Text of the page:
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Thursday, 13 September, 2001, 09:42 GMT 10:42 UK
US rescue hopes fade
debris of World Trade Center
New safety fears disrupted the rescue effort
Efforts to find survivors of the devastating attack on the World Trade Center in New York have continued through the night, but hopes are fading.

As time goes on, it doesn't look good for finding survivors

New York fire chief Lawrence Cleary
The search for thousands of bodies believed to be trapped in the ruins was disrupted when a seven-storey building which used to link the twin towers began to collapse.

The New York Port Authority estimated the total death toll could reach 20,000.

Thousands more were feared killed in a shopping mall under the Trade Center.

In other developments:

  • The US authorities identify many of the hijackers who crashed two airliners into the twin towers on Tuesday.

  • President Bush describes the attacks as an act of war.

  • Nato promises support to the US, invoking unprecedented powers.

  • Congress prepares to vote $20bn in funds for emergency relief.

  • It emerges that the fourth plane hijacked may have been prevented from hitting its target by a group of determined passengers.

  • The authorities say they will allow a limited re-opening of US airspace, but the ban on regular services remains.

'Good versus evil'

President George W Bush expressed his shock on a visit to the damaged Pentagon in Washington. A stark hole now marks the spot where another hijacked airliner ploughed into the building.

Mr Bush committed the country to a "monumental struggle of good versus evil," while Nato invoked its mutual defence clause for the first time in its history, opening the way for a possible collective military response.

Death toll
All 266 on board the four planes
100-300 at the Pentagon
82 bodies found at the WTC, but thousands thought to remain inside
Nearly 100 Britons confirmed dead
At least 259 rescue workers missing, feared dead
New York orders 6,000 body bags
The scale of the US search for those behind the attacks is unprecedented.

The authorities are throwing all their resources at the case - more than 4,000 FBI special agents, with more than 3,000 support staff.

The attack could have been even worse. Officials in Washington said they had "credible evidence" the White House and presidential jet Air Force One had also been targets.

US Congress leaders are recommending that $20bn be given immediately to emergency relief efforts. A vote on the recommendation is expected later on Thursday.

Hundreds of leads

The FBI has been following up on hundreds of leads and conducted searches in different locations across the country.

No arrests have been made, although the FBI says it has identified most of the hijackers and suspected accomplices.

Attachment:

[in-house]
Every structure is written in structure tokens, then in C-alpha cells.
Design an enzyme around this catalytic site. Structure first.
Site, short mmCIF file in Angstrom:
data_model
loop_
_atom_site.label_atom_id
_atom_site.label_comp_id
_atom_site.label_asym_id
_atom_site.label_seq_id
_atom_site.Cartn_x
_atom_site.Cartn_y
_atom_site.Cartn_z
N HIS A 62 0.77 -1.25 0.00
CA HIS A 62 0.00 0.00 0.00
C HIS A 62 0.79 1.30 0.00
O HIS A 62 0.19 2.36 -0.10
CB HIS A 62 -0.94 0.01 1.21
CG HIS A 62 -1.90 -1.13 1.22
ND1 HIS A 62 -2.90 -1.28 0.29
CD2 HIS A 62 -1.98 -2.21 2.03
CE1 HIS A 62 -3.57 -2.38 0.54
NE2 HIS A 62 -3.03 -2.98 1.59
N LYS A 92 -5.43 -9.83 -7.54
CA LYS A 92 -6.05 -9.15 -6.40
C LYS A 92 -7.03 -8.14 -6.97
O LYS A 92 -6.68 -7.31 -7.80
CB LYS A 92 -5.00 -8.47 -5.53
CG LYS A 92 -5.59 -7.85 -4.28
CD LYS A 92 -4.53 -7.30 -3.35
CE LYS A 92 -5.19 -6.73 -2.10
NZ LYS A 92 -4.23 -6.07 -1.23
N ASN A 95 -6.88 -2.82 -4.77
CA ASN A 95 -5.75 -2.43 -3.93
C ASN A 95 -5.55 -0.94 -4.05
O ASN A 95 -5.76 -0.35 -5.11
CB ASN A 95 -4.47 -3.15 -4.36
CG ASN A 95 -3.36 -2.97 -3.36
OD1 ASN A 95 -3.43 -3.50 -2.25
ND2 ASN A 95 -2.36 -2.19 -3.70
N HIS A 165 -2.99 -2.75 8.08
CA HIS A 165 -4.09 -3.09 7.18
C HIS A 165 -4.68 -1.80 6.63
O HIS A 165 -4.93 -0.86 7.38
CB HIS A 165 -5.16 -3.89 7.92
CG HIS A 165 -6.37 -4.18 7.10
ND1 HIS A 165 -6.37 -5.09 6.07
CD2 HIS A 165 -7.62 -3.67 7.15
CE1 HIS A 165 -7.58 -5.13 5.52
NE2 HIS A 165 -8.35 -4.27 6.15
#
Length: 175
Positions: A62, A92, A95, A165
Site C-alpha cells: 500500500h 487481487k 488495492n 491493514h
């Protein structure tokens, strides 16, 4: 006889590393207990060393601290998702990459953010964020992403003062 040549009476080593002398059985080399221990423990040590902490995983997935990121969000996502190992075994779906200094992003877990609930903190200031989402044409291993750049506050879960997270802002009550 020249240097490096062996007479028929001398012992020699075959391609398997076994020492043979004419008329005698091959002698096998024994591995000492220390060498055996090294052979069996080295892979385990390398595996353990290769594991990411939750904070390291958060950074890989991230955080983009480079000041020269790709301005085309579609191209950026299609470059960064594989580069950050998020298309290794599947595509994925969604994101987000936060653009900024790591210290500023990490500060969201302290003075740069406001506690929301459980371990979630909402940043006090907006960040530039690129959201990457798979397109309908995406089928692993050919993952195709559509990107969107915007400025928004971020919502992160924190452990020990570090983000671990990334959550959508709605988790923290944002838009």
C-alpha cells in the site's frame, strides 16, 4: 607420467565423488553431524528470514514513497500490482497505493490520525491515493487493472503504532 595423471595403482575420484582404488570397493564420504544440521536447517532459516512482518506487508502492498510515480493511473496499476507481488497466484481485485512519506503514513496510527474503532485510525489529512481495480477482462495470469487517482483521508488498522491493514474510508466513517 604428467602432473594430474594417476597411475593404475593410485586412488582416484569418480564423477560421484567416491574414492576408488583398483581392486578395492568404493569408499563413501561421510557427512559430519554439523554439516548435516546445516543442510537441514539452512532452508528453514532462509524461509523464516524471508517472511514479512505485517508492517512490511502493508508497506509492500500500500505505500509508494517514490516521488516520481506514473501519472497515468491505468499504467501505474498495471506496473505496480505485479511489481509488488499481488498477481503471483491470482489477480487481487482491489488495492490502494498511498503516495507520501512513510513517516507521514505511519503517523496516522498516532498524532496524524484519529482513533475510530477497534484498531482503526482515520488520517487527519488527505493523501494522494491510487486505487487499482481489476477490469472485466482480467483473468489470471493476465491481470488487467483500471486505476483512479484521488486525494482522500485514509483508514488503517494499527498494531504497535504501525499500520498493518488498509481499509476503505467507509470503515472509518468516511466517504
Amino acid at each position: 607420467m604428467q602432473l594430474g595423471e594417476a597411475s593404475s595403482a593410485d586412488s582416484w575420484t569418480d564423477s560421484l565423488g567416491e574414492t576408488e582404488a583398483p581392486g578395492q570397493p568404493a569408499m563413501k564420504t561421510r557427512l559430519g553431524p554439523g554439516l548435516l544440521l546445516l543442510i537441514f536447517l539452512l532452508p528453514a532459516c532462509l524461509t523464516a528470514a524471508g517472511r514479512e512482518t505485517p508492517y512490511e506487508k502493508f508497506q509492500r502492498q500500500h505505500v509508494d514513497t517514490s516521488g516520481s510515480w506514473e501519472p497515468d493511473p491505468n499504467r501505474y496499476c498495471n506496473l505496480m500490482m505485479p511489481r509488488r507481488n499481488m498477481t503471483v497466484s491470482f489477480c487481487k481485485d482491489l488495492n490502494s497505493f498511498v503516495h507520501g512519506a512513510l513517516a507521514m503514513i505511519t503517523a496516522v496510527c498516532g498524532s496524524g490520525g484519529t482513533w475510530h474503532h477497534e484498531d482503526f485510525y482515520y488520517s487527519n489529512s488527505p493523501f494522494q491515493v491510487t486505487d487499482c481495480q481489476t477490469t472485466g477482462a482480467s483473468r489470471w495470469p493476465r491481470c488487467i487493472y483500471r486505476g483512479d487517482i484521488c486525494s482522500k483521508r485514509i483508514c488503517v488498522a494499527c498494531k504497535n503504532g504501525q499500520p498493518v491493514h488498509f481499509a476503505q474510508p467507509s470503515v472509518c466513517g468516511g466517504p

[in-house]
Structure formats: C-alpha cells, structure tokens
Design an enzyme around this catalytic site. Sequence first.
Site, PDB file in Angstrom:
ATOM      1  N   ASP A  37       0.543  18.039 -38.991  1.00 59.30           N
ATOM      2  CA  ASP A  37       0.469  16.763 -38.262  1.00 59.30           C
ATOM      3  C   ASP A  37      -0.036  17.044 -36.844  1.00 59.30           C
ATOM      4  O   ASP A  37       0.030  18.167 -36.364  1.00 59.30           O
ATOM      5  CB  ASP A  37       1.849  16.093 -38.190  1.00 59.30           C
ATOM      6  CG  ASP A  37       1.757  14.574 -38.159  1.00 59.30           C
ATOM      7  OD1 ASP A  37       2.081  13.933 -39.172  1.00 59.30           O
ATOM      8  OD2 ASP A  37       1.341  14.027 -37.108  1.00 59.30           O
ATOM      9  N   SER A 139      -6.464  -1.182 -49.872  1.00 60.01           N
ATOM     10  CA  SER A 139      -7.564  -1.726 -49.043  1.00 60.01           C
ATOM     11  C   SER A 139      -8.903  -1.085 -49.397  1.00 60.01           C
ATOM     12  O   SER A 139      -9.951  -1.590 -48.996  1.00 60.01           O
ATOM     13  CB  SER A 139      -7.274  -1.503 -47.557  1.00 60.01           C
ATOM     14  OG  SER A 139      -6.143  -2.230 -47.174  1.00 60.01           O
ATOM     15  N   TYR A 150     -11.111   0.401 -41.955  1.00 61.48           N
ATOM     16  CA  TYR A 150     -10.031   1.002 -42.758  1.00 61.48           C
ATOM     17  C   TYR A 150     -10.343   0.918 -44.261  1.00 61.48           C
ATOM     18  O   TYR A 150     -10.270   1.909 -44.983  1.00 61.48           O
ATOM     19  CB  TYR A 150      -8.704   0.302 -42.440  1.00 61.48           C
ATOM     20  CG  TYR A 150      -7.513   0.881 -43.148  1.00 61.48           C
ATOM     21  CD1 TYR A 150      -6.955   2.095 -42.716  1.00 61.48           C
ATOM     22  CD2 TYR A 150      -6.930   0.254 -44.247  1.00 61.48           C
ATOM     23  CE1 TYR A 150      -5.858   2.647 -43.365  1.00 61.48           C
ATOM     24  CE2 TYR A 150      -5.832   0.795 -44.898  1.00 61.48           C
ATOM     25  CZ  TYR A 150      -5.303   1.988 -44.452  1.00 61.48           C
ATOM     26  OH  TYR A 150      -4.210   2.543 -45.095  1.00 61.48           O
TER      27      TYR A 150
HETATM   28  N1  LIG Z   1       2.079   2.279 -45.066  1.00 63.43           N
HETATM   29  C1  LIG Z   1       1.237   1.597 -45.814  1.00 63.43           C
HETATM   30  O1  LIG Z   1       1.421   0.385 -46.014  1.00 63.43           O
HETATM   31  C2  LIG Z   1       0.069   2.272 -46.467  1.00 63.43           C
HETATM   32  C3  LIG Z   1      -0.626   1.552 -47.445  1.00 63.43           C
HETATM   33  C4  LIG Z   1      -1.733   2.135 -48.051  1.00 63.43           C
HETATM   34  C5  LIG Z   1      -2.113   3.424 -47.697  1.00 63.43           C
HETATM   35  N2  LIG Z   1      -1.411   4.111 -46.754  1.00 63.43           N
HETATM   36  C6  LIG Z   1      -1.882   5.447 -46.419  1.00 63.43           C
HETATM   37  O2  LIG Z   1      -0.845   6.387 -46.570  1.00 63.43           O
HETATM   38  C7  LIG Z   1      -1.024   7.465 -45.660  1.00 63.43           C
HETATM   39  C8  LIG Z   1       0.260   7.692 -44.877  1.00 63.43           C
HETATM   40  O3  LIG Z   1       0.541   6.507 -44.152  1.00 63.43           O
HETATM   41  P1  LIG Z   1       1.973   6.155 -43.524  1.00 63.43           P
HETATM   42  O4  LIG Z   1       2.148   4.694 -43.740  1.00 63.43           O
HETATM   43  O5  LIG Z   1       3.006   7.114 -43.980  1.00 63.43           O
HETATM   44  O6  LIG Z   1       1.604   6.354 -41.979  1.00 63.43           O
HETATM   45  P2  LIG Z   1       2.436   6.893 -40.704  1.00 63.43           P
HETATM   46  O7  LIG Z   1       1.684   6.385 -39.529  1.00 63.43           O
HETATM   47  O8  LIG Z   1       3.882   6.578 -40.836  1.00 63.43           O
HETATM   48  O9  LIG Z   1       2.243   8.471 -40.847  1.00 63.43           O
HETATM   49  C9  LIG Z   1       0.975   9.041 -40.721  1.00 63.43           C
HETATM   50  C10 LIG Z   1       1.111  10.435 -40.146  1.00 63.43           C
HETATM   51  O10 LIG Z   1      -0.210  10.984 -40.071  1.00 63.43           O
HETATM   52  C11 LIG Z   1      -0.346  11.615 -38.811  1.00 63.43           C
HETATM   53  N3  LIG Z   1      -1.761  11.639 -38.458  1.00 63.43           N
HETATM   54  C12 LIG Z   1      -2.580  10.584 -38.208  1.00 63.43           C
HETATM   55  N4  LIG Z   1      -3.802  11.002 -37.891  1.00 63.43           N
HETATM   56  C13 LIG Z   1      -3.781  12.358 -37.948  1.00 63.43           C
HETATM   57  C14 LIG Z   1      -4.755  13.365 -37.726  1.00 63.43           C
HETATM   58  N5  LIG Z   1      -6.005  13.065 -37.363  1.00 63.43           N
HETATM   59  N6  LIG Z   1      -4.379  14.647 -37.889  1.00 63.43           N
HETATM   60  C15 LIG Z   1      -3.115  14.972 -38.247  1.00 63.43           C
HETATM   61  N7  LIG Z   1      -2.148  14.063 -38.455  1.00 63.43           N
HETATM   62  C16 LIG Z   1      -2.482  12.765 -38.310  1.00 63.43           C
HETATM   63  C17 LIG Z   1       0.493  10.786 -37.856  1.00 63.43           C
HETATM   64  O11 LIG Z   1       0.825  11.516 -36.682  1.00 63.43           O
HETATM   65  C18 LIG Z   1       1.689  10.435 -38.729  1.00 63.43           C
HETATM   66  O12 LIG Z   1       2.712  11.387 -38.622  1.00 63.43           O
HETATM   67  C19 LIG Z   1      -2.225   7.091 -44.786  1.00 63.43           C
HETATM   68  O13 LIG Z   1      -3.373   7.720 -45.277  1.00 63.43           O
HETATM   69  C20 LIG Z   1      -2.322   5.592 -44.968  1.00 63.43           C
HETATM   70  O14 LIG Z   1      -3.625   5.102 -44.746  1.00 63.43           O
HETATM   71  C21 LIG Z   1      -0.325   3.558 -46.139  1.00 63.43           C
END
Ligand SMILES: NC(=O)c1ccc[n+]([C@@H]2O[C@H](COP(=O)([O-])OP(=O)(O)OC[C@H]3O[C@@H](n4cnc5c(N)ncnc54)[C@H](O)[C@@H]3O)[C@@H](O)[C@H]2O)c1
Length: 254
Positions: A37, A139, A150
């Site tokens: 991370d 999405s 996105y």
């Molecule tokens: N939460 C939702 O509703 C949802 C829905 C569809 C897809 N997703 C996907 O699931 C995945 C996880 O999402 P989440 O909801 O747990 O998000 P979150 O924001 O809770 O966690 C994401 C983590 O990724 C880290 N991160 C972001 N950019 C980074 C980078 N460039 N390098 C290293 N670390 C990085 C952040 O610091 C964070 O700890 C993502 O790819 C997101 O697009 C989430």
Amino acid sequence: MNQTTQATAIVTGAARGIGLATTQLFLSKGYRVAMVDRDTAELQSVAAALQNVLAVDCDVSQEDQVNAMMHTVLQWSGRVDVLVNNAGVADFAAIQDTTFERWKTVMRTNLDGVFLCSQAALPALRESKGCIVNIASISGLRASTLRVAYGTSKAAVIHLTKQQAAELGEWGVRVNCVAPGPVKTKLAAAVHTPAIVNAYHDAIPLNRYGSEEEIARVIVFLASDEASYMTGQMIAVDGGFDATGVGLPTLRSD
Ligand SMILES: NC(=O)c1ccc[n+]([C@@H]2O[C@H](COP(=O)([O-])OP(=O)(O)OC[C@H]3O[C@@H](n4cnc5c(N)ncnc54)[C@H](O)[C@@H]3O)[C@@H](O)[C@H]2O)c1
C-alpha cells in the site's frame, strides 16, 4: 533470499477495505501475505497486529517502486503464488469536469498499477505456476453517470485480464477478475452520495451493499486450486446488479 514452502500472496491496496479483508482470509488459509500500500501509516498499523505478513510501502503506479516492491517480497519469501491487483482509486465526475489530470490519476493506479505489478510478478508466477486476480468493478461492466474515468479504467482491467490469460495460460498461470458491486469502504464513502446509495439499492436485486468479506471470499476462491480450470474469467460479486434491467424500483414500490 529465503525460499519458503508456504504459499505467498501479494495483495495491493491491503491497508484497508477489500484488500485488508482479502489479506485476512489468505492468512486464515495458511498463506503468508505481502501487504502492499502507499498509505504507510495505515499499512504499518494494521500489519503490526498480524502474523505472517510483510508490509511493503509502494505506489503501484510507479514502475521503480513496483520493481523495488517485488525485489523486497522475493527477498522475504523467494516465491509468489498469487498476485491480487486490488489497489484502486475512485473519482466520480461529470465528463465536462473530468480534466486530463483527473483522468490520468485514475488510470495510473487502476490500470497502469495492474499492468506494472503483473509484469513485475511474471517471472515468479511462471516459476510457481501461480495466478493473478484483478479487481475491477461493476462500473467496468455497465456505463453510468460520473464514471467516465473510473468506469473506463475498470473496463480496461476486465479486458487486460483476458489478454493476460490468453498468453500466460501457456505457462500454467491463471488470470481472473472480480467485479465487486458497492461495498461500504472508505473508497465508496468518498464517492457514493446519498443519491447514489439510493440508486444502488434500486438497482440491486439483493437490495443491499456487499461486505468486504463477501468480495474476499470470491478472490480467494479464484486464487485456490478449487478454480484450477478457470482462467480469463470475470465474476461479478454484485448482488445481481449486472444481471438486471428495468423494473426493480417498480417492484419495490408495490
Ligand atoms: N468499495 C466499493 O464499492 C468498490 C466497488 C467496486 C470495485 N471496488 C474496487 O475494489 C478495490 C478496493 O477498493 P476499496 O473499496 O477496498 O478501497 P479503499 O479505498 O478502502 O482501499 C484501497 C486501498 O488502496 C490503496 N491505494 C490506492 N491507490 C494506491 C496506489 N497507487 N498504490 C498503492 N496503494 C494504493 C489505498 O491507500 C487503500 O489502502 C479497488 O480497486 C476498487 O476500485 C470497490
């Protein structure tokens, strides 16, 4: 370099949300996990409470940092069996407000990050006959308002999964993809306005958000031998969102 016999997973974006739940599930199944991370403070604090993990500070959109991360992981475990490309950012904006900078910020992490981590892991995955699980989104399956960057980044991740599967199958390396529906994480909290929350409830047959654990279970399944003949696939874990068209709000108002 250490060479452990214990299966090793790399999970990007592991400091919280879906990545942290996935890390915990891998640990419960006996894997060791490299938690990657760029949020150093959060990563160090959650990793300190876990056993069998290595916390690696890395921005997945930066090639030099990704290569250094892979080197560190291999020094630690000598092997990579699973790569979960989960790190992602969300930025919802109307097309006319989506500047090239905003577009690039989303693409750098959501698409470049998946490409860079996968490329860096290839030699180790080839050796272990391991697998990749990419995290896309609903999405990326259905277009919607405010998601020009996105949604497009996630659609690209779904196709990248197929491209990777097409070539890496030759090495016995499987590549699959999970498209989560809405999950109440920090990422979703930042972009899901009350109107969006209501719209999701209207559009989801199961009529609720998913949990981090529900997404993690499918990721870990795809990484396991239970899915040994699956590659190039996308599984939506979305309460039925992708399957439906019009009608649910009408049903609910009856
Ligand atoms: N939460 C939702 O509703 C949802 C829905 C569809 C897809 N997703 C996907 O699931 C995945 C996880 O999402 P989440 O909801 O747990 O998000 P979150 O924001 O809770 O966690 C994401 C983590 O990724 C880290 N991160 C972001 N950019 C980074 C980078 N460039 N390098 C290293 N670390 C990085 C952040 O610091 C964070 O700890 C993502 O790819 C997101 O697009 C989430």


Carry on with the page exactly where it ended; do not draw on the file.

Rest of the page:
Investigators raided two Boston area hotels thought to have been used by the hijackers.

A car believed to belong to the hijackers was also confiscated in Boston, and officials said it contained an Arabic-language flight manual.

US Attorney General John Ashcroft said he believed some of them had trained as pilots in the US.

It's burning inside - it's like Dante's Inferno

New York rescuer Giuseppe Sergi
The FBI said they believed there had been between three and six hijackers on each of the four hijacked planes.

They had been armed with knives, and in some cases there were bomb threats.

'Acts of war'

After a meeting with his National Security Council, President Bush described the terror attacks as acts of war.

Bin Laden
Bin Laden: Most wanted terrorism suspect
He said the battle would take time to resolve but the enemy would not be able to hide for ever.

Secretary of State Colin Powell said a major priority would be to build a world-wide coalition against all forms of terrorism.

The US has already received the backing of Nato. The North Atlantic organisation declared that the terrorist attacks in New York and Washington could be considered an attack on the whole alliance if it turned out they were directed from abroad.

Thousands feared dead

In New York, huge excavators and cranes, dwarfed by the mountains of rubble, have been picking at the debris of the World Trade Center.

The areas around New York's Empire State Building and Penn Station were briefly evacuated on Wednesday night after a bomb scare.

Temporary mortuaries have been set up to handle the large number of bodies expected to be recovered.

The emergency services have so far had little success, rescuing few survivors.

Several hundred firemen and police officers are among those feared dead.

New York Mayor Rudolf Giuliani said he feared thousands of bodies were still buried in the ruins.

About 50,000 people, from all over the world, worked in the buildings.

The stock markets in New York, which have been shut since Tuesday's attacks, will remain closed again on Thursday, despite earlier expectations that they might reopen.

The chairman of the New York Stock Exchange, Richard Grasso, said the markets would reopen no earlier than Friday and no later than Monday.

The Federal Aviation Authority had hoped to have lifted the grounding of all flights by now.

But they have said that that is not possible, without saying when normal flights would be resumed.

Some flights diverted during the original crisis were being allowed to resume their journeys on Thursday, but only under strictly limited conditions.

The BBC's James Robbins
"America is gathering itself for the first acts of collective mourning"
The BBC's Rob Watson
"Every lead is being followed"
Tracy Gray, Red Cross
"Thousands of New Yorkers turned out to show their support"
See also:

13 Sep 01 | Americas
Bodies pulled from the debris
13 Sep 01 | Business
US allows limited air service
12 Sep 01 | Americas
Frozen with fear
12 Sep 01 | Americas
Spotlight on failed US intelligence
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